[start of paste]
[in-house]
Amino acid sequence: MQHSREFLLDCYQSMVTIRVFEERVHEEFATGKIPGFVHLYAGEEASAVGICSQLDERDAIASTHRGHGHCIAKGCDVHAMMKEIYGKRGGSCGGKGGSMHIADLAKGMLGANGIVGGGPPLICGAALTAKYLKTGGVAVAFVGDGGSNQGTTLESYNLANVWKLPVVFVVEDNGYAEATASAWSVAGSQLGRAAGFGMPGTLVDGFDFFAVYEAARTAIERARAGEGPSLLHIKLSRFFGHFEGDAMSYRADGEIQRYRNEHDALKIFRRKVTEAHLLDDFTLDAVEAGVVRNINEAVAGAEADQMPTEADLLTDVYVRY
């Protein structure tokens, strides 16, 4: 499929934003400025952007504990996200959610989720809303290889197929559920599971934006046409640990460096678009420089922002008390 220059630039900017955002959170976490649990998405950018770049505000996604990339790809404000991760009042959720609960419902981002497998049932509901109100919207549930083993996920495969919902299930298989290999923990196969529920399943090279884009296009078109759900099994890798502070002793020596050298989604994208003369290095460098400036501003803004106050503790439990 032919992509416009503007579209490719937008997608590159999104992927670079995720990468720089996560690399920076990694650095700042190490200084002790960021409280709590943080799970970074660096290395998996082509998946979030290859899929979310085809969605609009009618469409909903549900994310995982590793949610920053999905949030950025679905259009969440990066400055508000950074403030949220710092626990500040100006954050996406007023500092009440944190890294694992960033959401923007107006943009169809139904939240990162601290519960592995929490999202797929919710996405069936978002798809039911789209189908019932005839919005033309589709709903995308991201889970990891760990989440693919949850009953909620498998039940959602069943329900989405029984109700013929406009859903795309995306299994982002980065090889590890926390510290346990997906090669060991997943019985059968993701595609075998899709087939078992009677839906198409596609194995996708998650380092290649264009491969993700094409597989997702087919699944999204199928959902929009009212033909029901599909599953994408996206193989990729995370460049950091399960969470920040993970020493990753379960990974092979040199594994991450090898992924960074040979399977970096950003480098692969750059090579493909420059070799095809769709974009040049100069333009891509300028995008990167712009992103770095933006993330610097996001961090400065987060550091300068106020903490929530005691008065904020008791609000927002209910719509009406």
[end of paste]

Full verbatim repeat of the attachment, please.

[in-house]
Amino acid sequence: MQHSREFLLDCYQSMVTIRVFEERVHEEFATGKIPGFVHLYAGEEASAVGICSQLDERDAIASTHRGHGHCIAKGCDVHAMMKEIYGKRGGSCGGKGGSMHIADLAKGMLGANGIVGGGPPLICGAALTAKYLKTGGVAVAFVGDGGSNQGTTLESYNLANVWKLPVVFVVEDNGYAEATASAWSVAGSQLGRAAGFGMPGTLVDGFDFFAVYEAARTAIERARAGEGPSLLHIKLSRFFGHFEGDAMSYRADGEIQRYRNEHDALKIFRRKVTEAHLLDDFTLDAVEAGVVRNINEAVAGAEADQMPTEADLLTDVYVRY
């Protein structure tokens, strides 16, 4: 499929934003400025952007504990996200959610989720809303290889197929559920599971934006046409640990460096678009420089922002008390 220059630039900017955002959170976490649990998405950018770049505000996604990339790809404000991760009042959720609960419902981002497998049932509901109100919207549930083993996920495969919902299930298989290999923990196969529920399943090279884009296009078109759900099994890798502070002793020596050298989604994208003369290095460098400036501003803004106050503790439990 032919992509416009503007579209490719937008997608590159999104992927670079995720990468720089996560690399920076990694650095700042190490200084002790960021409280709590943080799970970074660096290395998996082509998946979030290859899929979310085809969605609009009618469409909903549900994310995982590793949610920053999905949030950025679905259009969440990066400055508000950074403030949220710092626990500040100006954050996406007023500092009440944190890294694992960033959401923007107006943009169809139904939240990162601290519960592995929490999202797929919710996405069936978002798809039911789209189908019932005839919005033309589709709903995308991201889970990891760990989440693919949850009953909620498998039940959602069943329900989405029984109700013929406009859903795309995306299994982002980065090889590890926390510290346990997906090669060991997943019985059968993701595609075998899709087939078992009677839906198409596609194995996708998650380092290649264009491969993700094409597989997702087919699944999204199928959902929009009212033909029901599909599953994408996206193989990729995370460049950091399960969470920040993970020493990753379960990974092979040199594994991450090898992924960074040979399977970096950003480098692969750059090579493909420059070799095809769709974009040049100069333009891509300028995008990167712009992103770095933006993330610097996001961090400065987060550091300068106020903490929530005691008065904020008791609000927002209910719509009406």